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  • Robert I. X. Jones

Symphony of the Week VI

Mily Balakirev (1837-1910)

Symphony no. 2 in D minor (1908)

In his personally guarded but often shrewdly observant memoir, My Musical Life, Rimsky-Korsakov paints an unedifying portrait of the ageing Balakirev.

..[a] medley of Christian meekness, backbiting, fondness for beasts, misanthropy, artistic interests, and triviality..

It is a description that contrasts starkly with that Rimsky gives earlier of the dynamic figure who from 1862 until 1870 presided with indefatigable, if sometimes overbearing, enthusiasm and a forceful sense of purpose over the St. Petersberg gatherings of a group of young men who would came to be known as "the mighty handful", or "the five".

[He was] an excellent pianist, a superior sight reader of music, a splendid improviser, endowed by nature with a sense of correct harmony and part writing, he possessed a technique partly native and partly acquired through a vast musical erudition, [and] with the help of an extraordinarily keen and retentive memory. Then he was a marvelous critic [and] instantly felt every technical imperfection or error, [grasping] any defect in form at once...

How could someone of such natural charisma and talent end up a rebarbative obsessive, shunned by former friends and seemingly never having enjoyed a relationship of any closeness with a woman, his once progressive politics swallowed up by bitter anti-Semitism and crazed notions of Slavic supremacy?

The short answer is that in his early 30s he suffered some sort of breakdown which led him to seek solace, first in fashionable divination and then in the most severe form of Russian Orthodoxy. As Rimsky tells it,

Balakirev, who did not believe in God, became a believer in the Devil. The Devil brought it about that subsequently he came to believe in God too.

A sorry story all right, but might it not - just possibly - be told from a slightly more sympathetic angle?

Of the composers who made up "the Five" (there were strictly speaking at least six of them - but no matter), four - the distinguished research chemist Alexander Borodin, the civil servant Modeste Mussorgsky, the teenage navel cadet Nikolai Rimsky-Korsakov and Balakirev himself would emerge as significant creative figures. Rather astonishing if one considers that out of them only Balakirev was anything like a professional musician. The extent to which he had ever studied harmony and counterpoint as academic disciplines is debatable (to the end of his life he refused to teach them, even though he could certainly have done with the cash), but his insistence that an intuitive feeling for them was enough for a prospective composer to get started and that the rest could be learned "on the job" was to prove immensely liberating, as was his determined rejection of what the group's least talented member, Cesar Cui, would describe as "stale Germanness".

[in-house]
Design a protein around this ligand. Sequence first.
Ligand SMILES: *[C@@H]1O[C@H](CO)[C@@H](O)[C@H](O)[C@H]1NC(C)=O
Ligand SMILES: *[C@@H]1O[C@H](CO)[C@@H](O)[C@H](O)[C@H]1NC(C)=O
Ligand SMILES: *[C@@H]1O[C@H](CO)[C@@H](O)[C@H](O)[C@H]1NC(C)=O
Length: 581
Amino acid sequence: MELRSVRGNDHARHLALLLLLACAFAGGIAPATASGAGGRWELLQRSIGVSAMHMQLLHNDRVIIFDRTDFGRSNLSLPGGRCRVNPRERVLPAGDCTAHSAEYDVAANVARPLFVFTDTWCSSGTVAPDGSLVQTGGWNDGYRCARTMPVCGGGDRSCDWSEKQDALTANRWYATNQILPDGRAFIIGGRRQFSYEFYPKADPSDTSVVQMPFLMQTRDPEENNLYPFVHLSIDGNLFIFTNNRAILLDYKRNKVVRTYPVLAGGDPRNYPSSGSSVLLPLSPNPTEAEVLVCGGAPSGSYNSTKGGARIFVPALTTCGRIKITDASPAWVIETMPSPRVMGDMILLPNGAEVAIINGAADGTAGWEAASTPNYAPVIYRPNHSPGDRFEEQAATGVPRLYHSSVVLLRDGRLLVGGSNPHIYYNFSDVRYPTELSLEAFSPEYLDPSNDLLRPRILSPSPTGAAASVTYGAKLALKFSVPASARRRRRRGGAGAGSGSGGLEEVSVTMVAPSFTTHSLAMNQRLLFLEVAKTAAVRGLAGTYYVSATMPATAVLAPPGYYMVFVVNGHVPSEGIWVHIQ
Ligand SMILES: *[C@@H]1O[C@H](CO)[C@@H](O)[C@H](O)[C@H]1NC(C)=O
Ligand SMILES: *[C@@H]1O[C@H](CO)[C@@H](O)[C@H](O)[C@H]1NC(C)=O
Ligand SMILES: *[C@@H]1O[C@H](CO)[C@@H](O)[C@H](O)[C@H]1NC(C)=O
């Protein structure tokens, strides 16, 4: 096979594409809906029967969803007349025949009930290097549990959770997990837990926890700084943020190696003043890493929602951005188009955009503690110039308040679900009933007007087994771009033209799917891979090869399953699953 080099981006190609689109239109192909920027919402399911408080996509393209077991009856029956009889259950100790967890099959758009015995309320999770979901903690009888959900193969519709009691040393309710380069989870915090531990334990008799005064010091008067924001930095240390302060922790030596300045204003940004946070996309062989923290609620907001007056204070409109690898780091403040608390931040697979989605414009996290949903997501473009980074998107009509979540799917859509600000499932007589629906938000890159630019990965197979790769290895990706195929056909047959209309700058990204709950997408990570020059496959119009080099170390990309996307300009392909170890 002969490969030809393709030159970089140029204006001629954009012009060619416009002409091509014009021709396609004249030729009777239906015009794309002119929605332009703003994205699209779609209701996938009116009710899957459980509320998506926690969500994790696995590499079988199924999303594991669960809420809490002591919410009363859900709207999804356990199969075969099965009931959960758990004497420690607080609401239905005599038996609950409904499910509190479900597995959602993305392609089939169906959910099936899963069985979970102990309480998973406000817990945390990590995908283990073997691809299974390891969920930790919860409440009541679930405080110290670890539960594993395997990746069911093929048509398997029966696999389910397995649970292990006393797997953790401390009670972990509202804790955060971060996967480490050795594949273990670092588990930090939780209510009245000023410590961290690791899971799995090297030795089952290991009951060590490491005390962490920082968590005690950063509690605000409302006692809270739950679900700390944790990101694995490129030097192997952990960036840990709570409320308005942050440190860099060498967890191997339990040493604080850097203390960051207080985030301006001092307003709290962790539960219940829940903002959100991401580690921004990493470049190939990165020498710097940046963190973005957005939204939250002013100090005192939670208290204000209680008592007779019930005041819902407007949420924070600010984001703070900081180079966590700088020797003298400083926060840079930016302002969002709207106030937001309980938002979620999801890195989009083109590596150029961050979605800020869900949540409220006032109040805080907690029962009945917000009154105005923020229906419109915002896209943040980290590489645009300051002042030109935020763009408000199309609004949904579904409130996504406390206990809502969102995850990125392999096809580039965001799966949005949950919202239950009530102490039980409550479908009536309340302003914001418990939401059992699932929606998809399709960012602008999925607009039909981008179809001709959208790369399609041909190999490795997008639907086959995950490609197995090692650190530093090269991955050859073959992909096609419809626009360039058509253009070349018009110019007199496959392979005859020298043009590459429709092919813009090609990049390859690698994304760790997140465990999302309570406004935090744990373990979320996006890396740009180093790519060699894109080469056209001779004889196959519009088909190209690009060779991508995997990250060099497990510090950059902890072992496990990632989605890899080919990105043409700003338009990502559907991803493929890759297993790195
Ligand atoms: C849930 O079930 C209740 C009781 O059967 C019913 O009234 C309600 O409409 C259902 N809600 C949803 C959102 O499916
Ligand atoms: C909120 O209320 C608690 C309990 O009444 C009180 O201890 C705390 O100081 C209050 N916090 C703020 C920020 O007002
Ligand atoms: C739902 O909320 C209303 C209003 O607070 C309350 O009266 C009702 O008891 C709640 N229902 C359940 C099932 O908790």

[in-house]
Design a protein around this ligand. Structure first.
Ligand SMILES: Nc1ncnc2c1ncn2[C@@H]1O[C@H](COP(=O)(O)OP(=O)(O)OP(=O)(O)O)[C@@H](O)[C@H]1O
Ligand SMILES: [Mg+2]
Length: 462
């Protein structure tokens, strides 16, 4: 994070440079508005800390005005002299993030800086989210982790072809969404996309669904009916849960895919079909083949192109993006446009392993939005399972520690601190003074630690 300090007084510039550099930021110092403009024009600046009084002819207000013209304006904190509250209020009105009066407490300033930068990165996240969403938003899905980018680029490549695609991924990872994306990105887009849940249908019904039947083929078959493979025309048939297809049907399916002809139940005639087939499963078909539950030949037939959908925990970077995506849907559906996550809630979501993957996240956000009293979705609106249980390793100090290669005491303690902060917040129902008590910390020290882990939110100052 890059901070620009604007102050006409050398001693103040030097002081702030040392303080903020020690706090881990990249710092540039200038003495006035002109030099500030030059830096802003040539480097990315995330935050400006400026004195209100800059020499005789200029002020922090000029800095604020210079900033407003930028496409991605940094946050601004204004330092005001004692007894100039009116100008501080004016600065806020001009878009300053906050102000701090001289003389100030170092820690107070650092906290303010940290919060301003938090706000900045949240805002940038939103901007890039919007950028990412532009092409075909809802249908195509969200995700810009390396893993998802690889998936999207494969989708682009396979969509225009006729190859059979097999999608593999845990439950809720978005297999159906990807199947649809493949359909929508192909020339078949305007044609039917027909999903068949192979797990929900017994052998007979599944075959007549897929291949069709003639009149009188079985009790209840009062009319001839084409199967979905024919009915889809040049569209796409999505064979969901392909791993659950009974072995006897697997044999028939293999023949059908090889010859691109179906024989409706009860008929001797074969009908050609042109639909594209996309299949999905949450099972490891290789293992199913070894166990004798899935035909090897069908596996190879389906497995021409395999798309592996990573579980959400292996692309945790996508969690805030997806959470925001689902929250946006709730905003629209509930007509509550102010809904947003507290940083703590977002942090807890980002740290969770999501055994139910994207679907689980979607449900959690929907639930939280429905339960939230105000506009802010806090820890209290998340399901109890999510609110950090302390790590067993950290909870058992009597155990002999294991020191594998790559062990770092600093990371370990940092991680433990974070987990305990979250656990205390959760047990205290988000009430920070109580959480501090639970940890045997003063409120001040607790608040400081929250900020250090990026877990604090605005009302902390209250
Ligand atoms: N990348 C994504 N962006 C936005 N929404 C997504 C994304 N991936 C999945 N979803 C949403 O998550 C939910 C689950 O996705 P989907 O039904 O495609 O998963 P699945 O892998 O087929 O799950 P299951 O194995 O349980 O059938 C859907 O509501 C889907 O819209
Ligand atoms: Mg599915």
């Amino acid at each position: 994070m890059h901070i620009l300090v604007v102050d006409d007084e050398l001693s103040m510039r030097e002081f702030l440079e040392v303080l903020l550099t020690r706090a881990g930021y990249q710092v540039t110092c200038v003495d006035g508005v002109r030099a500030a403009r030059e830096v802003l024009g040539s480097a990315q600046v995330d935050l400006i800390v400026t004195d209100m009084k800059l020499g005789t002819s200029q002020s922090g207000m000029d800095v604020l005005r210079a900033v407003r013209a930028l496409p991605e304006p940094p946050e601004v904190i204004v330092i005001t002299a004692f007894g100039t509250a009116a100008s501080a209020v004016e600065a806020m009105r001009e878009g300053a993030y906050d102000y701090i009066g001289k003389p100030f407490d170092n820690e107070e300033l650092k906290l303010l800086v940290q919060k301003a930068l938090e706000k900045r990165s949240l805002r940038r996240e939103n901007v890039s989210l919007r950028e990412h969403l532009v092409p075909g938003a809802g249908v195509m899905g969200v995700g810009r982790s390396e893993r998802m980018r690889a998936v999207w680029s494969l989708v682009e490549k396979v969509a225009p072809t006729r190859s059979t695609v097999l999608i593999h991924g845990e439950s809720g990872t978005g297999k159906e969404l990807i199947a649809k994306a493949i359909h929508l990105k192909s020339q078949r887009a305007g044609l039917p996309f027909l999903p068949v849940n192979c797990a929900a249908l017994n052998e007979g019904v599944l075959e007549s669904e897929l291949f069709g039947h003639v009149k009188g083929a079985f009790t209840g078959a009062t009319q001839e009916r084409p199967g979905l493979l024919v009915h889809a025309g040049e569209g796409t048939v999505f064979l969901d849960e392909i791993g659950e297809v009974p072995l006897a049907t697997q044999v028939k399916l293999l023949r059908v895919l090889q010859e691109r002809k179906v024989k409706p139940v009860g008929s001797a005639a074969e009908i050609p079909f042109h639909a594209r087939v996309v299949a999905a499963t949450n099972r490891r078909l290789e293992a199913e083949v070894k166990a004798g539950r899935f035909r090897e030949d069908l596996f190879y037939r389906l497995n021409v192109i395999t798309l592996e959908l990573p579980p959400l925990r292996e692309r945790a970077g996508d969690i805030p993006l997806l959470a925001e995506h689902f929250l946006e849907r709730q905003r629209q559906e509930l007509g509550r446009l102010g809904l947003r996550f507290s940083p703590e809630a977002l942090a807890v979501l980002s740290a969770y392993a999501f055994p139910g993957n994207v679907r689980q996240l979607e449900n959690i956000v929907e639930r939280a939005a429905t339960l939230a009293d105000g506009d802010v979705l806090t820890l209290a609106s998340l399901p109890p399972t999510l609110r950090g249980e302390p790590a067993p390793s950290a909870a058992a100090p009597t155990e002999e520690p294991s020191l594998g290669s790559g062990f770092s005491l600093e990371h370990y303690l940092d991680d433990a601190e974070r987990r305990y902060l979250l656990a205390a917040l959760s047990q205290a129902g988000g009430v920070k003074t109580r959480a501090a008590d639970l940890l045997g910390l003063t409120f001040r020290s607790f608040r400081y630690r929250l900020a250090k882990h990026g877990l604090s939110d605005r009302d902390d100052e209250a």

For at this point, the Germanness was truly stale.

The impressive professionalisation of German music and its accompanying pedagogy in the mid-Nineteenth Century disguised the fact that, following the early deaths of Mendelssohn (1848) and Schumann (1856), the Austro-German tradition was actually in crisis. Wagner aside, not one single German opera between Weber's Oberon (1826) and Humperdink's Hansel and Gretel (1892) has remained even on the fringes of the repertoire, whilst the pre-Brahmsian symphonies and chamber music of Raff, Reinecke, Abert, Jadassohn et al. have fared little better. What Balakirev appears to have perceived very clearly is that German musical academia was straightjacketing German musical creativity and that its tentacles were having a similarly suffocating effect upon the musical cultures of Britain, Scandinavia, Eastern Europe and America. He was determined to establish a distinctively national style of composition before they extended too far into Russia. His heroes were the gifted dilettante, Mikhail Glinka, and the strongly anti-academic Frenchman, Hector Berlioz, his enemies the Rubenstein brothers, whose fancy St. Petersberg Academy opened its doors in 1862, the very year "the Five" first became an identifiable group.